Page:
Stress Among Farm Women:An Analysis Of Farm Households In Pennsylvania
AbstractFarming is among the high-stress occupations in the United States and farm women have higher stress scores due to multiple job holdings. The study investigates the determinants of time stress experienced by farm women in Pennsylvania applying an economic model of stress developed by Hamermesh and Lee (2003).
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Bibliographic InfoPaper provided by American Agricultural Economics Association (New Name 2008: Agricultural and Applied Economics Association) in its series 2004 Annual meeting, August 1-4, Denver, CO with number 20307.
Date of creation: 2004
Date of revision:
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- Daniel S. Hamermesh & Jungmin Lee, 2007.
"Stressed Out on Four Continents: Time Crunch or Yuppie Kvetch?,"
The Review of Economics and Statistics,
MIT Press, vol. 89(2), pages 374-383, May.
- Hamermesh, Daniel S. & Lee, Jungmin, 2005. "Stressed Out on Four Continents: Time Crunch or Yuppie Kvetch?," IZA Discussion Papers 1815, Institute for the Study of Labor (IZA).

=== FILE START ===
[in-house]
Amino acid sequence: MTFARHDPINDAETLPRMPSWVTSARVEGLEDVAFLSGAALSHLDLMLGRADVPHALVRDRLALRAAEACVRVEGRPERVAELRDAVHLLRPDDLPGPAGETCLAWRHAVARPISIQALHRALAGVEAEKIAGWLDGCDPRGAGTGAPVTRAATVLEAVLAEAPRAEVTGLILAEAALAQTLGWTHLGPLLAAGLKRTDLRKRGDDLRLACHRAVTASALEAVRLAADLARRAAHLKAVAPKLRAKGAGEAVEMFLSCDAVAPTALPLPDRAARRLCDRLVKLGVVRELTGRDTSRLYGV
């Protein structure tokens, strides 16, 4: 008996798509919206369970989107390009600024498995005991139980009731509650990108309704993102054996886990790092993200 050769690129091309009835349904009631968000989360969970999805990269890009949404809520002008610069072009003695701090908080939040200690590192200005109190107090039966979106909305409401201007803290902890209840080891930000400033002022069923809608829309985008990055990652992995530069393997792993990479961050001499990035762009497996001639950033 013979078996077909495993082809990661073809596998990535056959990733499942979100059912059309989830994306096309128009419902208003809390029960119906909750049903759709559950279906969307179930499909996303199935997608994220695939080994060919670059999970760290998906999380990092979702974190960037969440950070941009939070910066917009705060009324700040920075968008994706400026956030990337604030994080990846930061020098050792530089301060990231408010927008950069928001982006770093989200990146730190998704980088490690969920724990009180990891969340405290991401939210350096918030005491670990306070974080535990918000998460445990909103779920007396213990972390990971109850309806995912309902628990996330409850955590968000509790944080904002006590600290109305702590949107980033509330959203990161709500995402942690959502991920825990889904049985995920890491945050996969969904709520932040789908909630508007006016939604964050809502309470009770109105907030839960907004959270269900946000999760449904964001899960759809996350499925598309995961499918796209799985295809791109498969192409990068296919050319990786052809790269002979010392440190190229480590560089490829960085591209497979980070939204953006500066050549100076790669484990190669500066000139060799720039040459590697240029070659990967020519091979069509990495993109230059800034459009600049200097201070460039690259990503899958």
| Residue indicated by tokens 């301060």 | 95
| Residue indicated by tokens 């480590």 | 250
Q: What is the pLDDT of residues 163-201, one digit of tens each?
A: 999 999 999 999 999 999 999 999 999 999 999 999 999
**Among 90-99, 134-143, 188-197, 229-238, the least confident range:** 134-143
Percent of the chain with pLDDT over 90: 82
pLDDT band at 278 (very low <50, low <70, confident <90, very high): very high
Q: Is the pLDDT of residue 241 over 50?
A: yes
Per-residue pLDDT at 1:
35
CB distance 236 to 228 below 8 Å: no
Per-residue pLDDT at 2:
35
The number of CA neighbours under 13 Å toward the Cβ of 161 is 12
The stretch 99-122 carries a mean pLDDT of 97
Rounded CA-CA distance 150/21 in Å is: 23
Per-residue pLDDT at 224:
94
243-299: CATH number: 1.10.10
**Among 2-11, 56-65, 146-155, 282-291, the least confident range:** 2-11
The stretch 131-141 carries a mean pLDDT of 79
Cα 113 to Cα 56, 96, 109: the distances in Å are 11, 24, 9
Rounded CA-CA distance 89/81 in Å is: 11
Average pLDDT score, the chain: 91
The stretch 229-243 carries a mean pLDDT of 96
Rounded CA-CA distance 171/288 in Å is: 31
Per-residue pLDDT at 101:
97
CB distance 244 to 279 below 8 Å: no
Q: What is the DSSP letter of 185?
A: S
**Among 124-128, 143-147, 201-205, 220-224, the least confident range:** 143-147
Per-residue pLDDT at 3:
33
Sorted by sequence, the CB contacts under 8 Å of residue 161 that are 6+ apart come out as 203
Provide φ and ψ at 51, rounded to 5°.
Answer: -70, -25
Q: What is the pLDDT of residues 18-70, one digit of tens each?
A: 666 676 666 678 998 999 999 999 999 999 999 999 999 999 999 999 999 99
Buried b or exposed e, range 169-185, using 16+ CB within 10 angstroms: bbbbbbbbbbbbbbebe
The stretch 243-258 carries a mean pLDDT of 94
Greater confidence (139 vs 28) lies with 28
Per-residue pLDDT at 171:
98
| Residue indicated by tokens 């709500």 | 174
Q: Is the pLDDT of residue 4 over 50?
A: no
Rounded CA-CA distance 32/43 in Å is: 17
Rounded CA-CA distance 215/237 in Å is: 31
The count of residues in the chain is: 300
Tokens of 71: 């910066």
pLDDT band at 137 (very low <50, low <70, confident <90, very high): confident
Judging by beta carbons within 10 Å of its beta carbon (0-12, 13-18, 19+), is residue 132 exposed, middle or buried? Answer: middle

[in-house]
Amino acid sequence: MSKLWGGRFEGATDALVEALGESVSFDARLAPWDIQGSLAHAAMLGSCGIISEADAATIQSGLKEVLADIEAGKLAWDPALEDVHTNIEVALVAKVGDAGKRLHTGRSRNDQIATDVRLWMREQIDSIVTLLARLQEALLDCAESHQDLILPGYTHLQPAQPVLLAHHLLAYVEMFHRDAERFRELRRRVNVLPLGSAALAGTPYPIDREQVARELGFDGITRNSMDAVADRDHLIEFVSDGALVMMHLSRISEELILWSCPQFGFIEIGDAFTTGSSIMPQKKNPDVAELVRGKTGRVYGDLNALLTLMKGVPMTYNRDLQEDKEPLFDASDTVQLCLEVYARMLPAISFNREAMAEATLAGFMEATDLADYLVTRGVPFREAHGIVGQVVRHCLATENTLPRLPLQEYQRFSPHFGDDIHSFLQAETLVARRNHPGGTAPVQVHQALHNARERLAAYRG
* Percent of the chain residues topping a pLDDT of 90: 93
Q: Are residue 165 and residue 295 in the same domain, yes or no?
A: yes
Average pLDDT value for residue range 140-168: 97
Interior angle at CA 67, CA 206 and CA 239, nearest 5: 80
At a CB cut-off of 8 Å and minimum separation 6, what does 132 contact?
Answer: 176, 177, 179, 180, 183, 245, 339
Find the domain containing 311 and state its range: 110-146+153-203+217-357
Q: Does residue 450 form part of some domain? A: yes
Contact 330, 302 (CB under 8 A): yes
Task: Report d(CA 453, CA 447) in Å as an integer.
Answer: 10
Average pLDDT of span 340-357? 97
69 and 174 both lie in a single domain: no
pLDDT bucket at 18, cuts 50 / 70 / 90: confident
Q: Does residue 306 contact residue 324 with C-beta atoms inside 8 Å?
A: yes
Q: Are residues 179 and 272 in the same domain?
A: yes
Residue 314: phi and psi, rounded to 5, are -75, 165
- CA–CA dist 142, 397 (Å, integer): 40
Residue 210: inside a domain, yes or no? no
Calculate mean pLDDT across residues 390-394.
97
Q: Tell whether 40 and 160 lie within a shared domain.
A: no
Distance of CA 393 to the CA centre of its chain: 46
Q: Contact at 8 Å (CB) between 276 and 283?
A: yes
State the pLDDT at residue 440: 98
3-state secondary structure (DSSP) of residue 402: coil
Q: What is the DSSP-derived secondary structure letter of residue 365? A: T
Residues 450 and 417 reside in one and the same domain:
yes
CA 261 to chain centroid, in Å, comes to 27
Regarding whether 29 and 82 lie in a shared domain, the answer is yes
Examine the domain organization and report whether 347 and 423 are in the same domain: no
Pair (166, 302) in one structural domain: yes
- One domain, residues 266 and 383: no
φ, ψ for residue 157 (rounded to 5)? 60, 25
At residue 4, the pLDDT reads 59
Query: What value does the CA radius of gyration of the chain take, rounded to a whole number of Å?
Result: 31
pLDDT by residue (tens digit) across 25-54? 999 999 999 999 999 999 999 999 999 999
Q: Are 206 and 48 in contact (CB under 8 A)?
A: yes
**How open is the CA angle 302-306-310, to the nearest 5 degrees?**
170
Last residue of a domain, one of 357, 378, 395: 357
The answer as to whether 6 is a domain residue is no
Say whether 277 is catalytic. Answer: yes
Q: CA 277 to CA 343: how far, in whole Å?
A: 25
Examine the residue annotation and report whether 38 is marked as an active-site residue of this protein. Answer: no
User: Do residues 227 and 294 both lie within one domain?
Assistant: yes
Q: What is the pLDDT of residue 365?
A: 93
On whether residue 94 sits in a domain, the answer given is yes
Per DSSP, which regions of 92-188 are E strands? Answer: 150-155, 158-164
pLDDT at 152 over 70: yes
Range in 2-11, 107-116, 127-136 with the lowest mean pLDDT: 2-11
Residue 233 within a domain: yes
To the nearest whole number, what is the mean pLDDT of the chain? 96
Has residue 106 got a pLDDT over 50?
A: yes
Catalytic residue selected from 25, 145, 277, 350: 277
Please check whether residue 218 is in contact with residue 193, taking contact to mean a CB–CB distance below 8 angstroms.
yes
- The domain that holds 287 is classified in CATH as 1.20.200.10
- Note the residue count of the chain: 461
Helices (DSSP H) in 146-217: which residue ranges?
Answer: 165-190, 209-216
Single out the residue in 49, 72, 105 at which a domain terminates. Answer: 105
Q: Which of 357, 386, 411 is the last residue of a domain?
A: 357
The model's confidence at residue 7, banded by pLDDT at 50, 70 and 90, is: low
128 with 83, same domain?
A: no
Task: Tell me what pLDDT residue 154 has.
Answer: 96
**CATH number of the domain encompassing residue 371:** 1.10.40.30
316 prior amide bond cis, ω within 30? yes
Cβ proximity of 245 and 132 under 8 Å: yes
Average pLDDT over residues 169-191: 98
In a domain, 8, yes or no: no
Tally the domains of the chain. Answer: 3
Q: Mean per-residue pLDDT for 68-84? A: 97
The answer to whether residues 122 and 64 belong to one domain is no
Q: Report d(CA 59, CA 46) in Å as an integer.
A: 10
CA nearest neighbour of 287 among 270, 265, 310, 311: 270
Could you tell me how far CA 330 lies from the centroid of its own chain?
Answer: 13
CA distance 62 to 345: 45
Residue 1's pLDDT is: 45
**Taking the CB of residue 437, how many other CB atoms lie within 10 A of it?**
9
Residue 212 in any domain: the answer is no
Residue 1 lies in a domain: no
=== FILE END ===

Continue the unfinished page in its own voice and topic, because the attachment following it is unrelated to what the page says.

- Daniel S. Hamermesh & Jungmin Lee, 2003. "Stressed Out on Four Continents: Time Crunch or Yuppie Kvetch?," NBER Working Papers 10186, National Bureau of Economic Research, Inc.
- Daniel S. Hamermesh, 2004.
"Subjective Outcomes in Economics,"
Southern Economic Journal,
Southern Economic Association, vol. 71(1), pages 2-11, July.
- Findeis, Jill L., 2002. "Subjective Equilibrium Theory of the Farm Household: Theory Revisited and New Directions," Workshop on the Farm Household-Firm Unit: Its Importance in Agriculture and Implications for Statistics, April 12-13, 2002, Wye Campus,Imperial College 15723, International Agricultural Policy Reform and Adjustment Project (IAPRAP).
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